by Granville Triumph
In a previous post, I discussed what needs to happen for a startup to become a company. A key component of the evolution from startup to company to market leader is the development and improvement of systems. Clearly defined systems help to relieve much of the added effort, stress and money that are required to conduct business on the fly, and they help organizations accomplish their goals more quickly. Systems also contribute to building a company’s value.
Systems are the glue that holds your people, products and processes together and enables the organizational vision to be realized.
There are two main types of systems. An organizational system defines the structure of personnel within your organization. More than a chain of command, an organizational system also defines how people interact in order to improve communication, collaboration, trust and decision making. By viewing the organization as a cohesive system instead of a collection of disparate silos, you can maximize the productivity and performance of all employees and departments, and the organization as a whole.
A business system supports the organizational system by defining how an organization operates. A business system includes every step that must take place, from the initial concept to the delivery of the product to the end customer, as well as standard processes for sales, hiring and customer service. An organization that documents and consistently adheres to the business system can follow easily repeatable procedures to operate more efficiently, avoid confusion and simplify the process of adding and training new employees.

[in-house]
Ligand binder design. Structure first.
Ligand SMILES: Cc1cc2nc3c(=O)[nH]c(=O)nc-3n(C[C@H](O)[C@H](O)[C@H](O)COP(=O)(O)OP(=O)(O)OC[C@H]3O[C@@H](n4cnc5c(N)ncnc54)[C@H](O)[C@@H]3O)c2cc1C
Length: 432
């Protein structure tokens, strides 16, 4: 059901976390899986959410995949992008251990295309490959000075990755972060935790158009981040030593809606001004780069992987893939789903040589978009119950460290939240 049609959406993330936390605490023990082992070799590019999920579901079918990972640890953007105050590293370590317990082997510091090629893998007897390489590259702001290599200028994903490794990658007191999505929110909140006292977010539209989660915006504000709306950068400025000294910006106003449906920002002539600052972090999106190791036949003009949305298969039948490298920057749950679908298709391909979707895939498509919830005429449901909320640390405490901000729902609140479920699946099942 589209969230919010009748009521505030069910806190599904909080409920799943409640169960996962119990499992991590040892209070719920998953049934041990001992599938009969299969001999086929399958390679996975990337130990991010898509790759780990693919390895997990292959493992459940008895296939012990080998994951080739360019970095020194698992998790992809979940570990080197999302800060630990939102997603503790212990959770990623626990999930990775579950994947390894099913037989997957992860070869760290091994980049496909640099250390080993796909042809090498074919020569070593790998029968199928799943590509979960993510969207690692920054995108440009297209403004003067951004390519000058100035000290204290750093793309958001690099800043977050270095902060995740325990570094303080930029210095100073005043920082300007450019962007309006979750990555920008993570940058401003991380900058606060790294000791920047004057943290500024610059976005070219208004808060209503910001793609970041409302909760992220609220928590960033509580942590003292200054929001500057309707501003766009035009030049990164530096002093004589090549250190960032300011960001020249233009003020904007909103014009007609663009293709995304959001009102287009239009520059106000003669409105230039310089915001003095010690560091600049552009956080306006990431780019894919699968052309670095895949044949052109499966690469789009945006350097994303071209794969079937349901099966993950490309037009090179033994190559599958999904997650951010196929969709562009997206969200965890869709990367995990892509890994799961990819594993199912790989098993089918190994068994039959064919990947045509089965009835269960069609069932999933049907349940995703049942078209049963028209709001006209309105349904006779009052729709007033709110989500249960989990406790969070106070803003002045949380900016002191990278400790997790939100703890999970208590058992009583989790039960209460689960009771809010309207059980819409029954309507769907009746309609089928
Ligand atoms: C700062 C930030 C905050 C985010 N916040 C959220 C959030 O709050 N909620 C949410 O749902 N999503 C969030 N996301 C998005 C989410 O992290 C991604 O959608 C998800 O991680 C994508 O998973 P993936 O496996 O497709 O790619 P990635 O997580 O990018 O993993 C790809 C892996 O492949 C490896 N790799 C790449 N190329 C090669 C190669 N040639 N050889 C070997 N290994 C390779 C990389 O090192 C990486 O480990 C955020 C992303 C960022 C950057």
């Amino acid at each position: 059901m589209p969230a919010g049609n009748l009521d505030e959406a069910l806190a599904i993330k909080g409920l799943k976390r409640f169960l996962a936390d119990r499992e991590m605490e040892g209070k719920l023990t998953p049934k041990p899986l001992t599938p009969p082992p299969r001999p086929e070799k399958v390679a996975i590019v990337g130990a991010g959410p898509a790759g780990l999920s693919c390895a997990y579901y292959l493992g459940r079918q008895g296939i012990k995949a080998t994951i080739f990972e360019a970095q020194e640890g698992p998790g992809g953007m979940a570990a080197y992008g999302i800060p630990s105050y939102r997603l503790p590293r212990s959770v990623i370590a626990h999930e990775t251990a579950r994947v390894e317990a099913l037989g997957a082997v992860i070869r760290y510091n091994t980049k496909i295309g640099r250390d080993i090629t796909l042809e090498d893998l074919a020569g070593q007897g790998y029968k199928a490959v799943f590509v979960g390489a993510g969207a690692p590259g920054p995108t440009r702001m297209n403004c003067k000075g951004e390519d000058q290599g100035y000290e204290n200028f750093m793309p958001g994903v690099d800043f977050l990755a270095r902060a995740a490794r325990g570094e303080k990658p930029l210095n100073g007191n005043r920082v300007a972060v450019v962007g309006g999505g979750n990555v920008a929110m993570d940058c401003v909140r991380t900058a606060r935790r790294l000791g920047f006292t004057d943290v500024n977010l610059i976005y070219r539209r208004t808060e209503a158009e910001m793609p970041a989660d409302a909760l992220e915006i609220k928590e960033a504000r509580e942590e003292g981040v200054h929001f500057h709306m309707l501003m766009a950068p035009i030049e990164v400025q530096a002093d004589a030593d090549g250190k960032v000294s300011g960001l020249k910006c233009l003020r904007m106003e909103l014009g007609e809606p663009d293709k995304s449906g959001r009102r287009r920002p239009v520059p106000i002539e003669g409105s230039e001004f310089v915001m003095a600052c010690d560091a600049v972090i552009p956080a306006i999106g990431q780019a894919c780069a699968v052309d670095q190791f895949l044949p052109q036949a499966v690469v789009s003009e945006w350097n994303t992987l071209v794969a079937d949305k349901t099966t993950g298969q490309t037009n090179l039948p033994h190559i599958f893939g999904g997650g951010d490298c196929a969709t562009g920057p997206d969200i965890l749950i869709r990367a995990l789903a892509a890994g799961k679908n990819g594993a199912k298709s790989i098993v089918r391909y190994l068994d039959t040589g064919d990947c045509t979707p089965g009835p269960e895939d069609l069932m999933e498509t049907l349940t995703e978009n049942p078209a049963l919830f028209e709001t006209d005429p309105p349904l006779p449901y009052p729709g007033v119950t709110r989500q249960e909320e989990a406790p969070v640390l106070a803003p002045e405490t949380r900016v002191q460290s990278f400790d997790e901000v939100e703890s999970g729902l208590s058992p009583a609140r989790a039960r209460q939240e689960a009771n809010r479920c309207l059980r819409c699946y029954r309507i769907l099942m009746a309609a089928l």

The mere presence of systems can stabilize a startup and lay the foundation for growth. As those systems mature, an organization will be able to leverage more concrete strategies related to planning, budgeting, operational controls and efficiency, and problem solving. In fact, the presence and maturation of systems help to define the stage of business growth, from existence to survival to success to expansion to financial maturity.
Every CEO wants to grow the organization, and systems facilitate this growth. Becoming a better leader, hiring the right team, acquiring capital, and improving products and services are critical, but systems must be in place for growth to occur. Developing and implementing systems that enable growth must start from day one, even when you’re wearing dozens of hats just to keep the lights on. Document how everything is done, from major strategic decisions to day-to-day functions. This enables you to proactively troubleshoot problems, create better solutions and improve efficiency.
As your documented systems take shape, share them with your team, encourage feedback and stress the importance of following your systems. The structure and planning made possible by your systems will help you take advantage of growth opportunities, provide direction, minimize risk and increase the odds of success.